In Expedition stage you start to validate the hypothesis and formulate the business into an entity with bootstrap funding. Customer discovery and minimum viable product methods become relevant here in order to confirm a possible problem/solution fit.

Formation stage makes things official and it’s the time for a full time commitment for founders and initial team. Shareholder agreements, compensations and other growth structures become apparent. Vision/founder fit has been found and your team is ready to commit for the long journey.

Validation stage is the beginning for the product/market fit validation that usually takes minimum of three years. It’s the make it or break it for the next stages. Business model assumptions need to be validated and everything is geared towards proper traction.

Stabilation stage comes after the product/market fit issue has been somewhat solved. Scale too early and you may fail due to lack of traction. Scale too late and you may miss the market. Business/market fit becomes the focus and it’s more about the various business relationships around the product itself. Here the idea is fix things that did not scale before.

Acceleration stage defines your venture as a scaleup after the startup phase. Customer creation becomes the theme and it’s time to execute since things are working now after experimentation. Focus is on revenue and market share growth and trying to outsmart copycats and other competitors. As the organisation increases its size the complexity require more attention and different methods of management.

Crystallisation stage makes running the business more a “biz as usual” routine and it’s a sign of lifecycle maturity. This can take the form of an IPO or M&A trade sale for the founders.

Expansion stage is about trying to make most of the opportunity left and keeping the business model fresh with new initiatives and renewals.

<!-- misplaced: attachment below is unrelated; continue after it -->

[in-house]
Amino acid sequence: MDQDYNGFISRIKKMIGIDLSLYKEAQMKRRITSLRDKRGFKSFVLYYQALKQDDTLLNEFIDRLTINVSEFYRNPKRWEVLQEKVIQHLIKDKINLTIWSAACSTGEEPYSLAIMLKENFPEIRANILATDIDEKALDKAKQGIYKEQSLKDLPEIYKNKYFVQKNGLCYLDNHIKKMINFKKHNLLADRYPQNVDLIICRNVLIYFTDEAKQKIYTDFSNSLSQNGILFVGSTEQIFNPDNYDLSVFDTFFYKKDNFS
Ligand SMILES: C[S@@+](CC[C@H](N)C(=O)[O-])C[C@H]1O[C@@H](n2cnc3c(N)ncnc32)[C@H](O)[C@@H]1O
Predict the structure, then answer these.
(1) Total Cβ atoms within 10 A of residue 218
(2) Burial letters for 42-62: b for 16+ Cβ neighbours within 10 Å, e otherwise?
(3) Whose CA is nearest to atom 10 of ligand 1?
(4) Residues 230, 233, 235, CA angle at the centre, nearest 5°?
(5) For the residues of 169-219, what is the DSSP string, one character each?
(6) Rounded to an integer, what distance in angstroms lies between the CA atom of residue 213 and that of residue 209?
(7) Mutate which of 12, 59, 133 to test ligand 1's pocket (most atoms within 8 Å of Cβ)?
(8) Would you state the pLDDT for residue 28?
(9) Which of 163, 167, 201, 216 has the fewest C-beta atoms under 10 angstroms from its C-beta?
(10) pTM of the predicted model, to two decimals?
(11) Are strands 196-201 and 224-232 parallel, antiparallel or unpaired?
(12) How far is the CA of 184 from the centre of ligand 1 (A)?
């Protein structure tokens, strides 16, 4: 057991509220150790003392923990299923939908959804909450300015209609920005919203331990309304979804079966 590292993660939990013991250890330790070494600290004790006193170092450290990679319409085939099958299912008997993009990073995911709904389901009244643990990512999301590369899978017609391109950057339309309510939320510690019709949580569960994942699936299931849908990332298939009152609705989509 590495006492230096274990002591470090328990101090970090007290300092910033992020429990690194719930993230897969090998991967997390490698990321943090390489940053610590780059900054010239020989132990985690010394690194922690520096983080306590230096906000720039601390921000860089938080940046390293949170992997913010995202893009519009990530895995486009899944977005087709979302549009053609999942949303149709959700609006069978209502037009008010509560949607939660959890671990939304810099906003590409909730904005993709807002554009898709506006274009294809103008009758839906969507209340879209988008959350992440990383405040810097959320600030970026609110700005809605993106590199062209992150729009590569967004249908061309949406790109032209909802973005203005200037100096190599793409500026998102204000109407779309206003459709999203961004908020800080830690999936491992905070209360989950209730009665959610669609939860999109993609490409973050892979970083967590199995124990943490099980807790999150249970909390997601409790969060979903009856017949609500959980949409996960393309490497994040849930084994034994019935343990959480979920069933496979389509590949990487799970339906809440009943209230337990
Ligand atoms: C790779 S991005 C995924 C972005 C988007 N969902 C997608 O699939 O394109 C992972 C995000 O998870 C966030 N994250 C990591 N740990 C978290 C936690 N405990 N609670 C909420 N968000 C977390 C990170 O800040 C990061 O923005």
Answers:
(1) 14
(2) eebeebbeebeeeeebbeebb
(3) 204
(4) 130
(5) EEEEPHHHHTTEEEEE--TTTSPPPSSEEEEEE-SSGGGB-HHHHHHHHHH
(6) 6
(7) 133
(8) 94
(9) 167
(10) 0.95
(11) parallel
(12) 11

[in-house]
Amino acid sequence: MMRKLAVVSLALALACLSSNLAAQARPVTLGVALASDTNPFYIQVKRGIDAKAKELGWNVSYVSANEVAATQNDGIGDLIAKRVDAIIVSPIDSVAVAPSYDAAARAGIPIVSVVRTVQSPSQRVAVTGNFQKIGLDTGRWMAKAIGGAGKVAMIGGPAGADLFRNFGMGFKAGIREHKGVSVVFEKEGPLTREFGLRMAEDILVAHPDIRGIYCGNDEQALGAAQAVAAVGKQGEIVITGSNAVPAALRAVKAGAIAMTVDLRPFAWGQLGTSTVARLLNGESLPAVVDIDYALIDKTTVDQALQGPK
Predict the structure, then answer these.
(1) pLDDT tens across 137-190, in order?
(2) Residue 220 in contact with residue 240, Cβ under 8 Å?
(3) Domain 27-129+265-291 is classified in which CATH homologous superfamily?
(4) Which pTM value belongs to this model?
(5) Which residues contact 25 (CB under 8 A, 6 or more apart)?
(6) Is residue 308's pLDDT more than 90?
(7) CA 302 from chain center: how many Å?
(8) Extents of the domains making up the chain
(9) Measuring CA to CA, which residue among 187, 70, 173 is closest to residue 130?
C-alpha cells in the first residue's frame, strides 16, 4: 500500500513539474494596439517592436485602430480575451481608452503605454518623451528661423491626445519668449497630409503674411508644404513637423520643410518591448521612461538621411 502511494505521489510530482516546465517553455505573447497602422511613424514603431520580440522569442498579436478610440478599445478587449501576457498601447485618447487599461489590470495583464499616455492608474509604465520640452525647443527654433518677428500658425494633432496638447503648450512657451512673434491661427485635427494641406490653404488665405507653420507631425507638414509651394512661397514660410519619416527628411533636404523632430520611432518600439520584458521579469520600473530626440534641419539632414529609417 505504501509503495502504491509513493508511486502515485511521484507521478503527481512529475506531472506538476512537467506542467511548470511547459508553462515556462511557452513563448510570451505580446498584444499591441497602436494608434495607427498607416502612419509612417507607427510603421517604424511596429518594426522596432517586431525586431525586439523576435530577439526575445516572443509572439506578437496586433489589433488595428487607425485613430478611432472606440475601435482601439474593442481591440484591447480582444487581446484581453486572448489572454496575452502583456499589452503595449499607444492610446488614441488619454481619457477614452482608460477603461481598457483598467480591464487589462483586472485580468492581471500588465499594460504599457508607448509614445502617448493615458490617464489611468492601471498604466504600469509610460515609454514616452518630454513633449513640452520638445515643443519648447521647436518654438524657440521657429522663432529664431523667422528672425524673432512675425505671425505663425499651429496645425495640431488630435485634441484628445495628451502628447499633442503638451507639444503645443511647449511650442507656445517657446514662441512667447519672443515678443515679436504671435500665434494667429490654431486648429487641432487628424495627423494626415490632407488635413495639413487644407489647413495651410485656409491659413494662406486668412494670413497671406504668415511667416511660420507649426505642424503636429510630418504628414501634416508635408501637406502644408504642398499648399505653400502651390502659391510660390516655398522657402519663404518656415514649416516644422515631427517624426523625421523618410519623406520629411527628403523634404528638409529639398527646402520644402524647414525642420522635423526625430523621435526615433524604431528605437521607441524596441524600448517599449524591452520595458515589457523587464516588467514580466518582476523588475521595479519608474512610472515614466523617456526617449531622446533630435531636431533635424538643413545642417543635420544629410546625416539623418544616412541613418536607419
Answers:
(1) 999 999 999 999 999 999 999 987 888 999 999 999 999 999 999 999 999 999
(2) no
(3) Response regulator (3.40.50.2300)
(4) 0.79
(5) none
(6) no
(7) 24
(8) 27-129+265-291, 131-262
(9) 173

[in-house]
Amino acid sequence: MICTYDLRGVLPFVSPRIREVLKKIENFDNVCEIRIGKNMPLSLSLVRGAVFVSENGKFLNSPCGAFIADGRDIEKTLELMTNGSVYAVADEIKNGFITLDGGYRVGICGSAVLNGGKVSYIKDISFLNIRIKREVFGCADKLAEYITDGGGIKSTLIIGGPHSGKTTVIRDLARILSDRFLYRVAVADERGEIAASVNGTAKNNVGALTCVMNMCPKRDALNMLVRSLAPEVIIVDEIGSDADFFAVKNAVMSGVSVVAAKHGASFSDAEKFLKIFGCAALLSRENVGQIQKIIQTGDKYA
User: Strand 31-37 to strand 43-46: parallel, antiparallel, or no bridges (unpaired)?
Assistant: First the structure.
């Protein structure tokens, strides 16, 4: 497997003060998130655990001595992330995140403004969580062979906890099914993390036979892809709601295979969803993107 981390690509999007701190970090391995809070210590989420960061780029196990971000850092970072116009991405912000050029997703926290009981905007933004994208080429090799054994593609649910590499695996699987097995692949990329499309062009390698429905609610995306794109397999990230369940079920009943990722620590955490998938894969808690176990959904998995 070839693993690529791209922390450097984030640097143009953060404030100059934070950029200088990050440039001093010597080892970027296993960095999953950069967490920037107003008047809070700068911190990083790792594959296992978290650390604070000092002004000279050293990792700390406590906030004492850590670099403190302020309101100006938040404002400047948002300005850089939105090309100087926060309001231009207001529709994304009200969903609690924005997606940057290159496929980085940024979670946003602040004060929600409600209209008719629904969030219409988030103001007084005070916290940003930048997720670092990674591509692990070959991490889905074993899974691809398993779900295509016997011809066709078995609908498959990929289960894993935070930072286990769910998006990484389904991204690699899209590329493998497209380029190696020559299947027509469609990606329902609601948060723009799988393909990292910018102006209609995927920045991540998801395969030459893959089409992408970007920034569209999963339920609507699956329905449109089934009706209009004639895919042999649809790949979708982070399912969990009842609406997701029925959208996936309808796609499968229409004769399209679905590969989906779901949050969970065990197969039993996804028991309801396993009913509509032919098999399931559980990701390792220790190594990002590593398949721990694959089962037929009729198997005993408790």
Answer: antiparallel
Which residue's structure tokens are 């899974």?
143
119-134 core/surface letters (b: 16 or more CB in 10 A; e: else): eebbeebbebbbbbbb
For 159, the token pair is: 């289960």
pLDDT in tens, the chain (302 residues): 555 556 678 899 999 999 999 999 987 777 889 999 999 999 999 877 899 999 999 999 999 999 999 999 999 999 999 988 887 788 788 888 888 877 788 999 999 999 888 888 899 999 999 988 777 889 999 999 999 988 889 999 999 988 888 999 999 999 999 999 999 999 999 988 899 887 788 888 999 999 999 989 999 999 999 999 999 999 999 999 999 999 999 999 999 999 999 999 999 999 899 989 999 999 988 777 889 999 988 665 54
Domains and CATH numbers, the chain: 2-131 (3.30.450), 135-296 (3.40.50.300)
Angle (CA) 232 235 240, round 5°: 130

Conservation stage is the cash cow moment where the end of the line is at sight.

Finish stage ends the business model and decisions need to be made about its existence.

The book is beefed up with interviews from various startup ecosystem players around the Northern Europe. These insights give a fresh and authentic touch for the multitude of ways to build and experience the startup growth.

Startup, Scaleup, Screwup is the best startup handbook I have seen for a long time.

Book review: Kellogg on Branding in a Hyper-connected World

August 25, 2019

Not all the names are the same. Some of them are brands. The difference is that only the latter have associations related to it. They can be positive, negative or mixed and they are the sum of all the things we think when hearing or seeing a brand.

Brands shape perceptions. They set expectations and give different meanings to their targets. A good quality brand sets the bar higher and may also yield more good will than a low-cost brand.

Marketing is full of lists and branding is no exception. Three challenges of branding are cash, consistency and clutter.

Cash is king in the short-term but the brand is a long-term asset. These two objectives are not always aligned and often the short-term results win at the cost of the overall brand image.

Branding down loop is an example of this where short-term financial objectives have negative consequences either by competitor actions or shifted consumer price expectations.

Consistency is a similar pitfall if the organisation does not believe in, own or understand the brand. How to ensure that every encounter with the brand is in sync through out the organisation in real-time?

Creativity and tactical excellence are ways to cut through the clutter and make the brand stand out among thousands of messages we receive every day.

Brand positioning strategy consists of four different components: a target, a frame of reference, a point of difference and a reason to believe. A brand positioning sets the brand in respect to other brands in the market. A brand purpose gives the reason why the brand exists. A brand positioning is the foundation for all brand-building activities.